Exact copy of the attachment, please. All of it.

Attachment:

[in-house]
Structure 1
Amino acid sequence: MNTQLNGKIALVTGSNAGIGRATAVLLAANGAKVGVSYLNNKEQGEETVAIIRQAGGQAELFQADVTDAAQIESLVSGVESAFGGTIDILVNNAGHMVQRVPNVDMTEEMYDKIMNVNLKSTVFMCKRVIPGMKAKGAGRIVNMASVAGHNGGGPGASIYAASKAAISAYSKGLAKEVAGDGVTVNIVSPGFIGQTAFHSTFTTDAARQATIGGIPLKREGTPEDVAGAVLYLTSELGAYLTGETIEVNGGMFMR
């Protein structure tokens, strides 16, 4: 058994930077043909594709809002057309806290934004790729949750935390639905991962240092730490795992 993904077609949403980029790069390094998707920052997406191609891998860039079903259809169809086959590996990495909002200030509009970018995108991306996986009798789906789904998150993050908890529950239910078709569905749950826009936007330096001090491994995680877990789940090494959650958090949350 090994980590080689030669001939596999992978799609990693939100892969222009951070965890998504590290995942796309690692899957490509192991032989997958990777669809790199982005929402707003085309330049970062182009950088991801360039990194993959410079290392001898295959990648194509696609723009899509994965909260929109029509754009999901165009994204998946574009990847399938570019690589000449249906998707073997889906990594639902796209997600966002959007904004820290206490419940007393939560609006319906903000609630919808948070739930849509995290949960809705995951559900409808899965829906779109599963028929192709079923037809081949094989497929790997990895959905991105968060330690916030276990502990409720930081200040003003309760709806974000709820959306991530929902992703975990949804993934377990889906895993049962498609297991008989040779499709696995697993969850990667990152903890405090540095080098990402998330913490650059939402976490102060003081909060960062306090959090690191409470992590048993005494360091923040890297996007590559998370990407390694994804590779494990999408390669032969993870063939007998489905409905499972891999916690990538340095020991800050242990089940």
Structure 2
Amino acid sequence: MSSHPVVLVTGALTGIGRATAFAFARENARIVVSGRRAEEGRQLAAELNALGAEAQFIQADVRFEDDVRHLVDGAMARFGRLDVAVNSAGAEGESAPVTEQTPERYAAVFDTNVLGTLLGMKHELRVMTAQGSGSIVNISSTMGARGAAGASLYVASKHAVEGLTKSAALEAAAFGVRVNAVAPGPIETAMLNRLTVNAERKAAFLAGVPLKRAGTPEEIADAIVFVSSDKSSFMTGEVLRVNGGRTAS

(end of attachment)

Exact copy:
[in-house]
Structure 1
Amino acid sequence: MNTQLNGKIALVTGSNAGIGRATAVLLAANGAKVGVSYLNNKEQGEETVAIIRQAGGQAELFQADVTDAAQIESLVSGVESAFGGTIDILVNNAGHMVQRVPNVDMTEEMYDKIMNVNLKSTVFMCKRVIPGMKAKGAGRIVNMASVAGHNGGGPGASIYAASKAAISAYSKGLAKEVAGDGVTVNIVSPGFIGQTAFHSTFTTDAARQATIGGIPLKREGTPEDVAGAVLYLTSELGAYLTGETIEVNGGMFMR
């Protein structure tokens, strides 16, 4: 058994930077043909594709809002057309806290934004790729949750935390639905991962240092730490795992 993904077609949403980029790069390094998707920052997406191609891998860039079903259809169809086959590996990495909002200030509009970018995108991306996986009798789906789904998150993050908890529950239910078709569905749950826009936007330096001090491994995680877990789940090494959650958090949350 090994980590080689030669001939596999992978799609990693939100892969222009951070965890998504590290995942796309690692899957490509192991032989997958990777669809790199982005929402707003085309330049970062182009950088991801360039990194993959410079290392001898295959990648194509696609723009899509994965909260929109029509754009999901165009994204998946574009990847399938570019690589000449249906998707073997889906990594639902796209997600966002959007904004820290206490419940007393939560609006319906903000609630919808948070739930849509995290949960809705995951559900409808899965829906779109599963028929192709079923037809081949094989497929790997990895959905991105968060330690916030276990502990409720930081200040003003309760709806974000709820959306991530929902992703975990949804993934377990889906895993049962498609297991008989040779499709696995697993969850990667990152903890405090540095080098990402998330913490650059939402976490102060003081909060960062306090959090690191409470992590048993005494360091923040890297996007590559998370990407390694994804590779494990999408390669032969993870063939007998489905409905499972891999916690990538340095020991800050242990089940």
Structure 2
Amino acid sequence: MSSHPVVLVTGALTGIGRATAFAFARENARIVVSGRRAEEGRQLAAELNALGAEAQFIQADVRFEDDVRHLVDGAMARFGRLDVAVNSAGAEGESAPVTEQTPERYAAVFDTNVLGTLLGMKHELRVMTAQGSGSIVNISSTMGARGAAGASLYVASKHAVEGLTKSAALEAAAFGVRVNAVAPGPIETAMLNRLTVNAERKAAFLAGVPLKRAGTPEEIADAIVFVSSDKSSFMTGEVLRVNGGRTAS